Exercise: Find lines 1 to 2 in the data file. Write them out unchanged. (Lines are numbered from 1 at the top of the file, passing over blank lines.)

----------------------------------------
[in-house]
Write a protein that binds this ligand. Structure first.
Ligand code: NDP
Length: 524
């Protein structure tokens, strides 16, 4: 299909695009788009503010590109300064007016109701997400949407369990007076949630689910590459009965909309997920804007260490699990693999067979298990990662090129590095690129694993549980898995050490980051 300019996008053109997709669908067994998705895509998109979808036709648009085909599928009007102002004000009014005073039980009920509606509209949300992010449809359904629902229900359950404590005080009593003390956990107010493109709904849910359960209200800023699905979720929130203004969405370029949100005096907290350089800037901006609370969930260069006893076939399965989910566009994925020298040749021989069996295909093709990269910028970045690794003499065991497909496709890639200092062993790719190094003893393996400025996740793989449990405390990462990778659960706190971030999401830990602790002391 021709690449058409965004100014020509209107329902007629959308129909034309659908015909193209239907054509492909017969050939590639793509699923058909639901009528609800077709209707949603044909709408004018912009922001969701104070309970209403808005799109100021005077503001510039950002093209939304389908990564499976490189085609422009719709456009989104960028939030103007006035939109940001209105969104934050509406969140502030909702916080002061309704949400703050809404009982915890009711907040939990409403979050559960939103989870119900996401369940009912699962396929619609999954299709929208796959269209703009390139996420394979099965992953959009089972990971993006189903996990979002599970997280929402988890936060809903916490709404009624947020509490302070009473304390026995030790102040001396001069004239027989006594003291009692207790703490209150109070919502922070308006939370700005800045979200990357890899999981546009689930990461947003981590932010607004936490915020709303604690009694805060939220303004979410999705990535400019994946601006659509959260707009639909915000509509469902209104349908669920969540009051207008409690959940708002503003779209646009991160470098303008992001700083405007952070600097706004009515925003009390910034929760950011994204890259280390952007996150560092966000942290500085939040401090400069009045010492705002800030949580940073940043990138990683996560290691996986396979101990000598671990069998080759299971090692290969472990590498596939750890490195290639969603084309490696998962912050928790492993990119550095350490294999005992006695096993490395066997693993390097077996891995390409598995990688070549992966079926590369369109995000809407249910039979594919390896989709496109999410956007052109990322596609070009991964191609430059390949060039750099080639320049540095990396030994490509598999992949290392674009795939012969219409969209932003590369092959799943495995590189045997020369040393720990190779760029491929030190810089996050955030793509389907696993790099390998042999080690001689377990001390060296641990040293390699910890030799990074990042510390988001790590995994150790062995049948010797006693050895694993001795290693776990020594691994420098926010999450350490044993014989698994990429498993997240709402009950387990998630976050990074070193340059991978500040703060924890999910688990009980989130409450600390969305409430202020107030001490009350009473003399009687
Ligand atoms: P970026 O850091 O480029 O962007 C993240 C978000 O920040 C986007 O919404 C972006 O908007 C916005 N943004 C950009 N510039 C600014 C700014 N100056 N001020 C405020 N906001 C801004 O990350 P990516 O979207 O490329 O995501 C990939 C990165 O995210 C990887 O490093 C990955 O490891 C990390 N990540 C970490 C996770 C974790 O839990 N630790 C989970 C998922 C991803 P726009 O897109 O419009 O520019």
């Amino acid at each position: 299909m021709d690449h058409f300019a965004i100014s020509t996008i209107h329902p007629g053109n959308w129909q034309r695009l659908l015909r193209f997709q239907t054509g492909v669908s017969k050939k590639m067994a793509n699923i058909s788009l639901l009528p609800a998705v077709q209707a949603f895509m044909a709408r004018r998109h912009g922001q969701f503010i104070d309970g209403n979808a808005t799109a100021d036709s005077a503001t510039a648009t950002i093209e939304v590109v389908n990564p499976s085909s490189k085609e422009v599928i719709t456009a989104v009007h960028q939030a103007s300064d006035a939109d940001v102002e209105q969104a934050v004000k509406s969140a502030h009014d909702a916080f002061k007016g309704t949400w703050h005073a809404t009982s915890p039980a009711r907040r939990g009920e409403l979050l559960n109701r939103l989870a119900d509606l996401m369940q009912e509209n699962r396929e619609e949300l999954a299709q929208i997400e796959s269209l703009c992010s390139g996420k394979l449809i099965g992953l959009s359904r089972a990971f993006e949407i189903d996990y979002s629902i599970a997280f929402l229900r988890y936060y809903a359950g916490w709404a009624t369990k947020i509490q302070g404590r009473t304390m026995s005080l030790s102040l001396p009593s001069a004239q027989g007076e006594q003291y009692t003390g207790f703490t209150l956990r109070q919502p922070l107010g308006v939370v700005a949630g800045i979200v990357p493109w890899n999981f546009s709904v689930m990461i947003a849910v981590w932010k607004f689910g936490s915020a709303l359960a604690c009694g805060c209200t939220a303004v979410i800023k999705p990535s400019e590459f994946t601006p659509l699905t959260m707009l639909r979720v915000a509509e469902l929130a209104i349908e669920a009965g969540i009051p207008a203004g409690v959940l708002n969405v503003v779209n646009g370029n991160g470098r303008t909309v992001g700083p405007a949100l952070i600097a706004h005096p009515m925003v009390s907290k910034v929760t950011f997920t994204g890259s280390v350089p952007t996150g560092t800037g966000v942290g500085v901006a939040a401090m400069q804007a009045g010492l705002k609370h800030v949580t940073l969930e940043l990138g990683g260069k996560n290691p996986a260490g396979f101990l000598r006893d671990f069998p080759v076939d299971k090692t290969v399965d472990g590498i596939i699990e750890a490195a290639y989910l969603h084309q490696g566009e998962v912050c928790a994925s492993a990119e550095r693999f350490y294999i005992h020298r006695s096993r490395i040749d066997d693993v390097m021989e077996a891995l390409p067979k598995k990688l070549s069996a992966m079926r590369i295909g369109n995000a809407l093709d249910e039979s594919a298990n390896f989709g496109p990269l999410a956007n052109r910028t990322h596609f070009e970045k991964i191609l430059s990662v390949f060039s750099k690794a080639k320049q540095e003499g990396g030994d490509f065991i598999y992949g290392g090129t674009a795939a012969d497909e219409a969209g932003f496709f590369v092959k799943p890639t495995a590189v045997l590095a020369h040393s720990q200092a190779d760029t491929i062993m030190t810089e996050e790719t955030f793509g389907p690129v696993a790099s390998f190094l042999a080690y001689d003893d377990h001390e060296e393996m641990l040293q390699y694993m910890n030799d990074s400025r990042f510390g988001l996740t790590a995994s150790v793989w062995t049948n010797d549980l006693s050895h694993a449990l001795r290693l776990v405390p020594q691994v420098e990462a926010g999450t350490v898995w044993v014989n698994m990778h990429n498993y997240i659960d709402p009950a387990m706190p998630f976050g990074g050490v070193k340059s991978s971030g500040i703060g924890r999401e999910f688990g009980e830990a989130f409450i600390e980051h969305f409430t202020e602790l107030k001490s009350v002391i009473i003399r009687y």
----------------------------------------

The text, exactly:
[in-house]
Write a protein that binds this ligand. Structure first.